Weekend Challenge: The Squat Jack
Today I’m thrilled to bring you the Squat Jack, a very effective exercise that targets your ankles while also strengthening your feet and hips. This is really important because studies have shown that over the past three decades, ankle fractures, especially in women over 60, have tripled.1
The Squat Jack combines elements of both jumping jacks and squats. Besides strengthening your ankles and all the delicate bones and joints around that area, this exercise also improves your balance, preventing falls that are the most typical cause of ankle fractures.
Why: Ankle fractures among older adults are quite common, even among those who do not have osteoporosis. As mentioned earlier, the overall incidence and severity of ankle fractures has increased over the last 30 years, and it’s continuing to steadily rise.
One of the main reasons for such an increase is faulty balance. While an ankle fracture may not sound like such a big deal as compared to a hip fracture, it can still take weeks to heel.
That’s because the ankle is really a complex structure, although it seems quite simple. Your lower leg bones, the fibula and tibia (your shin bone), meet the talus or ankle bone, creating the ankle joint. Like the wrist, the ankle’s flexibility and range of motion is a trade-off for stability.
The ends of the tibia and fibula (called the epiphysis) are covered with smooth cartilage, and they are encapsulated by the synovial membrane cavity. Fluid-filled sacs called bursa are located between the ankle bones, and flexors on top of the foot and ligaments in the ankle connect all the bones.
This makes for a highly articulated joint that actually takes quite a bit of force. Consider this: your ankles have to bear one and a half times your body weight when you walk, and running or jumping requires your ankles to sustain forces of more than 3 or 4 times your body weight. Your ankle joints really take a pounding!
The Squat Jack aims to increase bone strength and density in the ankle by applying appropriate force to key areas of the joint. In addition, the moves strengthen hips and feet, which are also important focal points for fracture avoidance.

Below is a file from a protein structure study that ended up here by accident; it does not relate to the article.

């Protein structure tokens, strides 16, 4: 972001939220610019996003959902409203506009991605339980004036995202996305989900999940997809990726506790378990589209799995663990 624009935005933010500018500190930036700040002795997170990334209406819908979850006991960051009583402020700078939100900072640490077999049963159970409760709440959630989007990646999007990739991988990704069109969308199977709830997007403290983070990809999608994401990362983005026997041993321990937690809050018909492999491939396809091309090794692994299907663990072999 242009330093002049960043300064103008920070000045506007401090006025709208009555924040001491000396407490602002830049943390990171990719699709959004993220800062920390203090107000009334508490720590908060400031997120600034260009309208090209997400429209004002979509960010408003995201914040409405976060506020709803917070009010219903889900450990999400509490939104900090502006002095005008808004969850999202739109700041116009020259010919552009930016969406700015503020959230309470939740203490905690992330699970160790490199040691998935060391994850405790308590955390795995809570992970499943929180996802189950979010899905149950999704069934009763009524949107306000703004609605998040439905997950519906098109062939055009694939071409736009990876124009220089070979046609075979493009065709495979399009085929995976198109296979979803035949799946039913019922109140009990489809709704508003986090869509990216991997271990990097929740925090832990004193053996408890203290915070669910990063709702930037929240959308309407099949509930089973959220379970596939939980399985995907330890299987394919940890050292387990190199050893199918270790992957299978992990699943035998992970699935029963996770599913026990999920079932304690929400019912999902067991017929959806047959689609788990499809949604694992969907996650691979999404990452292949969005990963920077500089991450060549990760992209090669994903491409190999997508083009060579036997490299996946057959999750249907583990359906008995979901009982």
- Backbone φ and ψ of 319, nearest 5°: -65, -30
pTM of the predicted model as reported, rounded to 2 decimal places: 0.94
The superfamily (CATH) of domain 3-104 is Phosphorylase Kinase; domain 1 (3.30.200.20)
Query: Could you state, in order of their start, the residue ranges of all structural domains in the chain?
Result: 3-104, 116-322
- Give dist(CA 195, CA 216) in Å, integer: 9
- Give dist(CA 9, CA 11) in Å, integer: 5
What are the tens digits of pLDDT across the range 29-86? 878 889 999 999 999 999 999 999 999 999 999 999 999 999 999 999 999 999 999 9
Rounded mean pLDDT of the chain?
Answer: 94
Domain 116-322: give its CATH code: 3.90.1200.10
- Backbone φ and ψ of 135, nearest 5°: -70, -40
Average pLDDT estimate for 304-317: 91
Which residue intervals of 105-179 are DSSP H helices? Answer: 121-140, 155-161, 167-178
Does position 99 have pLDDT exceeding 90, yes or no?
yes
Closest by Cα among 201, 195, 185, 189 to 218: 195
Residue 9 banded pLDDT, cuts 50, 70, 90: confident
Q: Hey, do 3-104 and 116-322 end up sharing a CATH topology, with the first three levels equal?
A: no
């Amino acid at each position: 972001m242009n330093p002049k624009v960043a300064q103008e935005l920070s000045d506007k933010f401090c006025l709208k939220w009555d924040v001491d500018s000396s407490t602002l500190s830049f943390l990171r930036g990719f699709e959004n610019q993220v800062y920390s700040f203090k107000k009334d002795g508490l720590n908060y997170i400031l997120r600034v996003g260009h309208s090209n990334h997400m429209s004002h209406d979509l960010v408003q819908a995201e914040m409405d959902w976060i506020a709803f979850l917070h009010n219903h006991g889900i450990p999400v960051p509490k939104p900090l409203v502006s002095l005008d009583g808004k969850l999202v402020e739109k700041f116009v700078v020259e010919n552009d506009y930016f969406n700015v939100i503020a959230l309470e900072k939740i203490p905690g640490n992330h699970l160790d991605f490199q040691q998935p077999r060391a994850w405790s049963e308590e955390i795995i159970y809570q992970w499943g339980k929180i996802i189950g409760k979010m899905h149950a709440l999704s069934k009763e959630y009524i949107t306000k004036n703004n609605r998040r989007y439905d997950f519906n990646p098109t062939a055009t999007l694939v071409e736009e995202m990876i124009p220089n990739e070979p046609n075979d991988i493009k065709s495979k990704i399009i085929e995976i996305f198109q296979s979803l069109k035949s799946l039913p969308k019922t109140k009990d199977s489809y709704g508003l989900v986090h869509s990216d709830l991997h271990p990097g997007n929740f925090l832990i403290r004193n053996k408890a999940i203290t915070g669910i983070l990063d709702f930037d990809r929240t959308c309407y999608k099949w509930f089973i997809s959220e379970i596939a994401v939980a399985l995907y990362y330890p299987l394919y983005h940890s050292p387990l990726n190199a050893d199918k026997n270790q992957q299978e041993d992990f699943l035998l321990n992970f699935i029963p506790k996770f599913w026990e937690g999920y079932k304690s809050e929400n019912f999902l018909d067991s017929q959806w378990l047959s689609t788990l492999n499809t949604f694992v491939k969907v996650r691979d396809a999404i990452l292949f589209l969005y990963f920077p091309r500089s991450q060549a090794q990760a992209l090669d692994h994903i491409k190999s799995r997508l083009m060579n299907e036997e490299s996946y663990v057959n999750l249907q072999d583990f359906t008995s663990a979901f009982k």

Hips, feet, and ankles are all involved in balance, too, which is absolutely crucial for avoiding falls.
How: No special equipment is required for The Squat Jack. Just make sure you wear comfortable running or walking shoes, as this exercise involves your feet and legs in motion.
- Stand with your feet flat on the floor and hip-width apart.
- Bend your knees in a slight squat.
- Knees should be pointing forward, not out to the side. Also, make sure knees don’t go past the tips of your toes.
- Bring your arms forward, bending your elbows and making a fist with your hands with thumbs facing up. Your hands should be held in front of you at chest level.
- Jump up a little keeping your torso straight.
- Simultaneously, as you jump up, lower your arms so they’re parallel to your body.
- Land flat on your feet with your legs wider than shoulder width and knees slightly bent, as with a jumping jack.
- Get back to the starting position and repeat.
- Do 3 sets of 10 or as many as you comfortably can.
Many Savers have asked if the exercises I share with you as part of the weekend challenges are taken from Densercise™. They’re not. Densercise™ is a complete training system featuring 52 moves that are specifically designed to work together to increase your bone density, tone your muscles and improve your balance. Plus Densercise™ takes advantage of the Epidensity training methodology so you’ll get fast bone-building results regardless of your fitness level. While the Weekend Challenges are a great way to keep you motivated to exercise for your bones, they’re not part of a comprehensive bone-building system.
Please share your exercise and Densercise™ experience with the community by leaving a comment below. I enjoy your feedback and success stories!
Enjoy the weekend,
1Kannus P, Palvanen M, Niemi S, Parkkari J, Järvinen M. Increasing number and incidence of low-trauma ankle fractures in elderly people: Finnish statistics during 1970-2000 and projections for the future. Bone 2002;31:430-3 http://www.ncbi.nlm.nih.gov/pubmed/12231418